New bread maker here.

I've been playing around with some various breads over the least year and have had some pretty decent success with white breads, seed breads light rye and even Paczki. Not only am I challenged by not having much knowledge of bread making (I'm basically just following directions), but my bigger challenge is that I live in the foothills of the Rocky Mountains at 9,300 ft, which obviously the recipe doesn't give me adjustments for.

I've found a nice conversion website that outlines the various ingredients to adjust based on elevation and thus far the conversions have done me well with the mentioned breads.

I tried for the first time a rye bread, made with rye and whole wheat flours only. The bread came out quite gooey. From what I can tell, it seems that I may have added too much liquid. However, I add more liquid due to the elevation, so now I'm not entirely sure where the problem may be. In any case, from what I'm reading, it seems that this type of bread is pretty sensitive, so perhaps this is beyond my ability to figure out alone.

The specific bread in question in a Lithuanian Dark Rye bread. My girlfriend is Lithuanian and she brags so much about THEIR bread, so I'm trying to impress her with my awesomeness. She's not yet impressed after my first attempt.

What's more, the recipe I'm using as the starter seems to be for 2 pretty large loafs, so I cut that in half, and then I added a few little things to it that seemed like a good idea (that I found in other rye bread recipes), and then adjusted yeast and water for the elevation.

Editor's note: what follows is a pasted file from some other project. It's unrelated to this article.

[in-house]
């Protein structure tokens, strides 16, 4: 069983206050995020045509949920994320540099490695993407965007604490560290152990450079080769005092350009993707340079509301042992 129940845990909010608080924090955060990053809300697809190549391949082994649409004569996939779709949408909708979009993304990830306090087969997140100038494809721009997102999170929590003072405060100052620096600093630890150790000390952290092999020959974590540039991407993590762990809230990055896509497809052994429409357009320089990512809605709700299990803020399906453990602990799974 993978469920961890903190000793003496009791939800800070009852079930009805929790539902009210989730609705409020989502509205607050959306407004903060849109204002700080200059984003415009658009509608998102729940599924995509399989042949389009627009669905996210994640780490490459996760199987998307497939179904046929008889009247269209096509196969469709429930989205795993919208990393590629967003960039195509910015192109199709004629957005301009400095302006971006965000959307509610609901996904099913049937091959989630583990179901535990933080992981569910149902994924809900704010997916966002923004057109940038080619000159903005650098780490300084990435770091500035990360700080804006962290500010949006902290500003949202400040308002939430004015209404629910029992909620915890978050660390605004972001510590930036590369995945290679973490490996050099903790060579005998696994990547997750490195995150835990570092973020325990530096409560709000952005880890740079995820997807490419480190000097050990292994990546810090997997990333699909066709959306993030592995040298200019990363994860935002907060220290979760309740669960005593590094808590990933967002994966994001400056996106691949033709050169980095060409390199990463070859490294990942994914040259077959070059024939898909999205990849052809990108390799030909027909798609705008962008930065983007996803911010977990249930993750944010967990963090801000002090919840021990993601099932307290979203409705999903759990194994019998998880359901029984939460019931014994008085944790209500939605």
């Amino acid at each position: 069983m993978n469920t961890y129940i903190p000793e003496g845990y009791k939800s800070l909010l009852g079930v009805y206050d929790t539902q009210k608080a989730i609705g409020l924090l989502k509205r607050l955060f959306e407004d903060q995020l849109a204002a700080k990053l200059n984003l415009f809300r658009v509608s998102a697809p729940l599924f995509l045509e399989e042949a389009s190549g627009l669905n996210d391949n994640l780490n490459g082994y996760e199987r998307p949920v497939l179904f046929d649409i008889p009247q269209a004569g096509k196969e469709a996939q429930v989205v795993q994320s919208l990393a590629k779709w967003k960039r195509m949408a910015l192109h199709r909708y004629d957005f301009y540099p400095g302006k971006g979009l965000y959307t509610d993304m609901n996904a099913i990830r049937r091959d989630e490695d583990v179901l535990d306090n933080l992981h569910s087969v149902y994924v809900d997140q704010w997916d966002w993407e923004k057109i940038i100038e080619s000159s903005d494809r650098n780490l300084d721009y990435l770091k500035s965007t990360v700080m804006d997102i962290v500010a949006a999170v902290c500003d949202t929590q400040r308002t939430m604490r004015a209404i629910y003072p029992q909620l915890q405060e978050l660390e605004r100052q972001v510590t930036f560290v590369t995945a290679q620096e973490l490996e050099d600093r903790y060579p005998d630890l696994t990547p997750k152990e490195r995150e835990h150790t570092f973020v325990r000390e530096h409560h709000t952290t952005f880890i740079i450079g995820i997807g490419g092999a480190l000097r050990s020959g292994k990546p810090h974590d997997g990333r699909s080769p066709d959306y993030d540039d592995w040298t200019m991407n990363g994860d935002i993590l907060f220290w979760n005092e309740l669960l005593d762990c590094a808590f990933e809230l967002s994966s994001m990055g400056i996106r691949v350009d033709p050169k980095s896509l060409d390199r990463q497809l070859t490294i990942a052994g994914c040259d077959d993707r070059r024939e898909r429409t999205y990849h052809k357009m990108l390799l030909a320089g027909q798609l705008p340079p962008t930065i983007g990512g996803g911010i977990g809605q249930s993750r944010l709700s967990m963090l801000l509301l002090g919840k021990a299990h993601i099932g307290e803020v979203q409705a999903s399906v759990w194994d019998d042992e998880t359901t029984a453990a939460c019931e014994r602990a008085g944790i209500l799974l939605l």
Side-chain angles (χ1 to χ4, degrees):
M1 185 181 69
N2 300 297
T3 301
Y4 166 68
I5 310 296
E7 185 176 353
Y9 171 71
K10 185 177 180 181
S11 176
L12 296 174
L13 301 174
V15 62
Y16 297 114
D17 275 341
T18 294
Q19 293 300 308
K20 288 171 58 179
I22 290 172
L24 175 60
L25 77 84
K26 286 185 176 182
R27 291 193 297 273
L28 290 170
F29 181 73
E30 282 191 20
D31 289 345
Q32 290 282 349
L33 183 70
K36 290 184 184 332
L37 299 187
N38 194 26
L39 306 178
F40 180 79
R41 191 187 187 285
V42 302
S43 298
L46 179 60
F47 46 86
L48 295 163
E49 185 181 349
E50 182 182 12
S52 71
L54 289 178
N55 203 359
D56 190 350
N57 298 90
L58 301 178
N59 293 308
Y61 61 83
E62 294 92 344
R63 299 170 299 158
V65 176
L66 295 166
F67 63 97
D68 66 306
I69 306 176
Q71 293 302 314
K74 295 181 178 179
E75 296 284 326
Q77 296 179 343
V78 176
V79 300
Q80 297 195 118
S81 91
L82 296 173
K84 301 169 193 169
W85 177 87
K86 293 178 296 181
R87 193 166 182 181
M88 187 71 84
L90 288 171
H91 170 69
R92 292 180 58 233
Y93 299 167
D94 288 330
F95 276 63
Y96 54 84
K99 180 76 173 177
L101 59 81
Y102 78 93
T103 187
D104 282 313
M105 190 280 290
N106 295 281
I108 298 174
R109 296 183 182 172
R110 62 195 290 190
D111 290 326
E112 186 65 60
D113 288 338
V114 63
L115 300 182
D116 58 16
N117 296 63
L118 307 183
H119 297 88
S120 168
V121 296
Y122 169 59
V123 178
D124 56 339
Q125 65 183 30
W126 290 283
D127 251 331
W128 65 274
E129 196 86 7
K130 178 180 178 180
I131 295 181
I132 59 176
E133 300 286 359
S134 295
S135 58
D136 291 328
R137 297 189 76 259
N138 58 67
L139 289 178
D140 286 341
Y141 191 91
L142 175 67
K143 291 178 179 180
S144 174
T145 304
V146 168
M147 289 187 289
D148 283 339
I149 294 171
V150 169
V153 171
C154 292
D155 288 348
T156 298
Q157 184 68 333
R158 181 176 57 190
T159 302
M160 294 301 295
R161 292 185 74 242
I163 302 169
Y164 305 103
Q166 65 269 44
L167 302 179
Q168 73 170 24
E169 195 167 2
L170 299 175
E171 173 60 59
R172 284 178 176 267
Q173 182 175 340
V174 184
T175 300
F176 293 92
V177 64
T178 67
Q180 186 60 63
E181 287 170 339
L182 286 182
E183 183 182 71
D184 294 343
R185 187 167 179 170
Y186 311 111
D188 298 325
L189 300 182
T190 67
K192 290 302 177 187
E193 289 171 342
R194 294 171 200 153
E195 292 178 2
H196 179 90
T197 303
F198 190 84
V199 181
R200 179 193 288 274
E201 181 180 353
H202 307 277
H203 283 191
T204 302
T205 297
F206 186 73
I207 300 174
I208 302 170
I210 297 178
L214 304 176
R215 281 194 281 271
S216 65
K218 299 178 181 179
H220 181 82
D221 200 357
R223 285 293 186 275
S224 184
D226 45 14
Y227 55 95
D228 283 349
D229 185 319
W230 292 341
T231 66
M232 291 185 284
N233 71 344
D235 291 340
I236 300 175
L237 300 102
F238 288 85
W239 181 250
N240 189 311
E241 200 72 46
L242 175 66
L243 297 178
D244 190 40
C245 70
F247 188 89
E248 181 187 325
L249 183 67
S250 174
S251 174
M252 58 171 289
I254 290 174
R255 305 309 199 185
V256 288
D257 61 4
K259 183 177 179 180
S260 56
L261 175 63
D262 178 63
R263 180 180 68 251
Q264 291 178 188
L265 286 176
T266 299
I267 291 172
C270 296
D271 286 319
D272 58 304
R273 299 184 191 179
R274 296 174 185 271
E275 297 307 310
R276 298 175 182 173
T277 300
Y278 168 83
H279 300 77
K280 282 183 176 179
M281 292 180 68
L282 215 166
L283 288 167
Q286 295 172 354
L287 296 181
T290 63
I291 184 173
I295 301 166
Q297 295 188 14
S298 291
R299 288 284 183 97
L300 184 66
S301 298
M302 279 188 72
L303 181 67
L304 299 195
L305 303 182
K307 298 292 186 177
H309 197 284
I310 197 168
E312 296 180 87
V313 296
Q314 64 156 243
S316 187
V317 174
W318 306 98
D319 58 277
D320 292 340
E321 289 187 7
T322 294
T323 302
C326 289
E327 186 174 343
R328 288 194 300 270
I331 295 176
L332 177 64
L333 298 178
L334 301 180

Also of note, the bread seemed like it needed salt, so I'll also be uping the salt from the recipe, I don't know if that's related to any of the problems but thought I should mention it.

The texture and rise of the bread came out perfect.

Another note: I adjusted the process to work with a bread machine. This loaf is way too big to cook in a bread machine, but I am using the bread machine for mixing and rising (until it rises too far). I like the bread machine since it does the mixing but also because it provides some warmth since I don't usually have a very warm house at these elevations.

I ended up using a bread pan to cook the loaf, but I'd really prefer to bake it as a round simply for aesthetic reasons. But this dough was too runny to hold a round shape for long so I used a pan.


  • 1 3/4 Cups Water
  • 2 cups dark rye flour
  • 1 tsp Active Dry Yeast (reduced for elevation)
  • 1 tablespoons caraway seeds


  • 1 cups scalded milk , cooled to 110 degF
  • 1 tbs butter
  • 1 tbs sugar
  • 1/2 tsp Salt
  • 1/2 cup extra water (for altitude)
  • 1/4 cup dill pickle juice (my addiction, this is also some extra liquid for altitude)
  • 1 tbs molasses  (my addition)
  • 1 1/4 cups whole wheat flour
  • 1 large egg white (beaten)

Make the Sponge

  1. In a bread machine, combine water, rye flour, yeast and caraway seeds.  Run machine on dough cycle
  2. Let stand overnight

Make the Dough

  1. Mix butter, sugar and salt into scalded mix while it cools
  2. Pour milk mixture into bread machine with the sponge
  3. Add pickle juice, molasses and extra water
  4. Add the flour
  5. Run machine on dough cycle
  6. Allow to rise as much as possible in bread machine
  7. Transfer to oiled bowl
  8. Allow to double in size
  9. Fold down and form in bread pad


  1. Pre-heat oven to 450
  2. Coat bread with egg whites
  3. Cook bread at 450 for 15 minutes, and then reduce to 350
  4. Cook until an internal temperature of 180
  5. When done, allow to cool at least 1 hr
  • 4
    Salt inhibits yeast. So increasing it may be a good idea depending on what problems you’re having. I’d also recommend trying to avoid things that ‘seem like a good idea’ from other recipes if you’re trying to make a specific atyle of bread for someone. If nothing else, you’ve added two acidic ingredients (pickle brine and molasses) which will likely affect gluten development, browning, and yeast activity
    – Joe
    Jun 10 at 1:36
  • 4
    Welcome to the site! I'm not sure what your question actually is, it seems you have figured things out by yourself.
    – GdD
    Jun 10 at 7:19

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